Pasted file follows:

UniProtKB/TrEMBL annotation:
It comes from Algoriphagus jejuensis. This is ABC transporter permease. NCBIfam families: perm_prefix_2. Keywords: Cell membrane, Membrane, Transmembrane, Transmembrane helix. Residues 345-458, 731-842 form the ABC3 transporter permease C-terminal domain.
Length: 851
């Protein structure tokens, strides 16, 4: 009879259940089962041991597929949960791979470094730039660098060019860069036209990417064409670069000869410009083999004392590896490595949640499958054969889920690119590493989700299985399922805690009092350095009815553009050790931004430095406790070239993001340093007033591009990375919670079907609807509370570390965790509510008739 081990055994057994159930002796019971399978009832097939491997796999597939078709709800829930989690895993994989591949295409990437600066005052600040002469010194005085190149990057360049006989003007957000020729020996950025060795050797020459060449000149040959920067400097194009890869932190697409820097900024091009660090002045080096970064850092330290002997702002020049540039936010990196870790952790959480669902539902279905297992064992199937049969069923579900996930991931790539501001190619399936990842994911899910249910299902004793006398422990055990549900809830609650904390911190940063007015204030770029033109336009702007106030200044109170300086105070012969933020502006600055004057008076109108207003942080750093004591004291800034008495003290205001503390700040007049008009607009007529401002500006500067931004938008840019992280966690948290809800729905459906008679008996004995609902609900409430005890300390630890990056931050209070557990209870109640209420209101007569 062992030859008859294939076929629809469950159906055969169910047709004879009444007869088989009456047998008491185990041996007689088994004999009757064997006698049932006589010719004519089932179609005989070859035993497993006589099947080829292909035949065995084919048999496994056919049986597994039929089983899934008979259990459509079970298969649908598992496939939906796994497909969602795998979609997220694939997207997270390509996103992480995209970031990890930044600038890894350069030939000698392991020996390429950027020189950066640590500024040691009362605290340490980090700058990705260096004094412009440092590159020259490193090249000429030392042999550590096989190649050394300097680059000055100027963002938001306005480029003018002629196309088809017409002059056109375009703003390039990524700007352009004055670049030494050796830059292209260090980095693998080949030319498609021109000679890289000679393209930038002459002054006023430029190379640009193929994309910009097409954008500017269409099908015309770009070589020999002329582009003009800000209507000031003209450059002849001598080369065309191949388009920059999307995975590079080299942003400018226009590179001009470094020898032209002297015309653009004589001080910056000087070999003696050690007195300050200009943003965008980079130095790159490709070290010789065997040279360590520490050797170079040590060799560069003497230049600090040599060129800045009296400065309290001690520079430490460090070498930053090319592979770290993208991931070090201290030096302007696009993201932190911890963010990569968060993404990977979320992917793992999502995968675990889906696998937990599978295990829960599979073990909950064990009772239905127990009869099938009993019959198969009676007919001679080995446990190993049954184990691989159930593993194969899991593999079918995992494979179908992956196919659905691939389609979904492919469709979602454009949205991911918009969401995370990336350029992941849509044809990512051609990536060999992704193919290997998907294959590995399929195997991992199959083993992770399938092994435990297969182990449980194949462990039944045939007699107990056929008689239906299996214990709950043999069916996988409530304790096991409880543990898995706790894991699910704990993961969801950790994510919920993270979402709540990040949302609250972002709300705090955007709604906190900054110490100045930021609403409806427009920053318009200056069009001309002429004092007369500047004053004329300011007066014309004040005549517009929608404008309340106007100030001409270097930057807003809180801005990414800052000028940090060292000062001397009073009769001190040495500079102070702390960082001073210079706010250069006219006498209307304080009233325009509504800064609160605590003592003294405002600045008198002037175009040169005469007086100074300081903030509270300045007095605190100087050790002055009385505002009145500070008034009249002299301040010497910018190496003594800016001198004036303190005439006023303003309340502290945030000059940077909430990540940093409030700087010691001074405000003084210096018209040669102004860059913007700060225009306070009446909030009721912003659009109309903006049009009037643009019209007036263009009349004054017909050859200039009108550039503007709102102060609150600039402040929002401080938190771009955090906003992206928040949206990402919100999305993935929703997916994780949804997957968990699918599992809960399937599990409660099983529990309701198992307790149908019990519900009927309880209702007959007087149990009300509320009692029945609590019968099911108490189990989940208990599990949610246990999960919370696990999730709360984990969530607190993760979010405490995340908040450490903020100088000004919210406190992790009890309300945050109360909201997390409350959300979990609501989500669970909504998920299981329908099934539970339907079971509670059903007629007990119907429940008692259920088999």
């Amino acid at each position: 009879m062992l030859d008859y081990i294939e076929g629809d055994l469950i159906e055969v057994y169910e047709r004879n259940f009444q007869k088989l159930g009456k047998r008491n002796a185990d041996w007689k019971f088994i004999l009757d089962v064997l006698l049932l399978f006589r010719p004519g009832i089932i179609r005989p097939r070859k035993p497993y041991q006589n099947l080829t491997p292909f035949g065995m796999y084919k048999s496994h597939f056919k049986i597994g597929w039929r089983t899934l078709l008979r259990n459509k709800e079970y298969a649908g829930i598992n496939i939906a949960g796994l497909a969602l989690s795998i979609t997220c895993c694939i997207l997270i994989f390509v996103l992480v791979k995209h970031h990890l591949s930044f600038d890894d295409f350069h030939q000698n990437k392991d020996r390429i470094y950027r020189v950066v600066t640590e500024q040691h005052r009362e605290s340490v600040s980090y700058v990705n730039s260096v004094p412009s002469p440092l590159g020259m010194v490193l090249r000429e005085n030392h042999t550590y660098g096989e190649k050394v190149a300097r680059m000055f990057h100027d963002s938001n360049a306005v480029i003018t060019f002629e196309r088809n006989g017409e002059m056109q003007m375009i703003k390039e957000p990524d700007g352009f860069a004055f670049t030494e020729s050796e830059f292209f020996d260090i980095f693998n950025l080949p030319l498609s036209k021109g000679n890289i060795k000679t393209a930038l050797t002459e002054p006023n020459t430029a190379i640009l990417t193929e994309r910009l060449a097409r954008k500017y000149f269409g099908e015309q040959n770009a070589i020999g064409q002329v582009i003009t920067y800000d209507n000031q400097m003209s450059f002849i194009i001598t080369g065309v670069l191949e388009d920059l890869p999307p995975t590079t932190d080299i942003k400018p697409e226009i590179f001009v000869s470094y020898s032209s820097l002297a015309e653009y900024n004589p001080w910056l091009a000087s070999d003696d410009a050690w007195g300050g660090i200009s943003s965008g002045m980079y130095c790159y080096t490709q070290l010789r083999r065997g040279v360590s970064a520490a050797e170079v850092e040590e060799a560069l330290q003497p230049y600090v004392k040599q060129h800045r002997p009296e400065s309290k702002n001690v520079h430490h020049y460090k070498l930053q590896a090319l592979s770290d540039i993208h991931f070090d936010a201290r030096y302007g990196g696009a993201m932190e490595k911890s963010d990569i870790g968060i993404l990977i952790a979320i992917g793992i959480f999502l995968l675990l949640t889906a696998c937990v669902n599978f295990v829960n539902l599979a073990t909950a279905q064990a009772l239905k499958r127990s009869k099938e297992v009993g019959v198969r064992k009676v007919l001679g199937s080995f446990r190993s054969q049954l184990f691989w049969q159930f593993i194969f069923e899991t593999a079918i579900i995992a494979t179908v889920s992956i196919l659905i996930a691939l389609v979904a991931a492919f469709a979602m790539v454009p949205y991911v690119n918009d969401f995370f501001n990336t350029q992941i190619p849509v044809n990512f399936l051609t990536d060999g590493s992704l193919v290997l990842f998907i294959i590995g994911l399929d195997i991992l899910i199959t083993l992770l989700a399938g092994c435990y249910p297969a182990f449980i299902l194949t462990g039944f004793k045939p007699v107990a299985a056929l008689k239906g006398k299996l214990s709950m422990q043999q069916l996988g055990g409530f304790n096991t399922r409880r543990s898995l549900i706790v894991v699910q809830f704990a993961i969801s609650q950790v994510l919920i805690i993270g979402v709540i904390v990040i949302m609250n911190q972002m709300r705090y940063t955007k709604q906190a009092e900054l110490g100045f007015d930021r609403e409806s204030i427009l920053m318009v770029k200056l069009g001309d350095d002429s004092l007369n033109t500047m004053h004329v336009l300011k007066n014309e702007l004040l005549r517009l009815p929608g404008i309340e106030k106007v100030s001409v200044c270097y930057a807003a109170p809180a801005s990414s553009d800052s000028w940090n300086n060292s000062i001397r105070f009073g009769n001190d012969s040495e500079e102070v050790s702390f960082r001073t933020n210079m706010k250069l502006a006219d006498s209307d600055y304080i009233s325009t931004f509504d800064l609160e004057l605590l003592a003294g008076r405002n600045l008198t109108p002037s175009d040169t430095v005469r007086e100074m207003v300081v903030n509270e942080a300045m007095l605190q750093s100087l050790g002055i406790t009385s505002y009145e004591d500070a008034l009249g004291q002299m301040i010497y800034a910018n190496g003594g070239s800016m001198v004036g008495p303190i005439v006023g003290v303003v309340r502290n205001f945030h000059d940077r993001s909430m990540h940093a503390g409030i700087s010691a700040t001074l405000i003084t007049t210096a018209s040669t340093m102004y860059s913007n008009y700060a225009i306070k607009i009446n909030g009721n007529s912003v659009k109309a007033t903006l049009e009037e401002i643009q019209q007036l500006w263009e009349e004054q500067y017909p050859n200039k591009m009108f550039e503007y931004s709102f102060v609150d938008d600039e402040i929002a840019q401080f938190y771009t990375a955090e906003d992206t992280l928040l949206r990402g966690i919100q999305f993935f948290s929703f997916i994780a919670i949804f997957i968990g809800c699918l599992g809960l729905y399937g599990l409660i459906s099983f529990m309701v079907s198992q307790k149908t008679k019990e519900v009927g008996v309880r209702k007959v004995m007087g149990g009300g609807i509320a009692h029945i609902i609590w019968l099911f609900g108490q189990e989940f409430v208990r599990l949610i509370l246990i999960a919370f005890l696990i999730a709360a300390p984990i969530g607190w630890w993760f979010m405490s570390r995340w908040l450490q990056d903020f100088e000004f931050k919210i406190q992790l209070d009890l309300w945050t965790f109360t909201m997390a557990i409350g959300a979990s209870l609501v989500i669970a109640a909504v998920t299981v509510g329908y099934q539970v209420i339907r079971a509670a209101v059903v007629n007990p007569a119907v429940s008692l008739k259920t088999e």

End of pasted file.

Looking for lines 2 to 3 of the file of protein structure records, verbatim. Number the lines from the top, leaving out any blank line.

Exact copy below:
It comes from Algoriphagus jejuensis. This is ABC transporter permease. NCBIfam families: perm_prefix_2. Keywords: Cell membrane, Membrane, Transmembrane, Transmembrane helix. Residues 345-458, 731-842 form the ABC3 transporter permease C-terminal domain.
Length: 851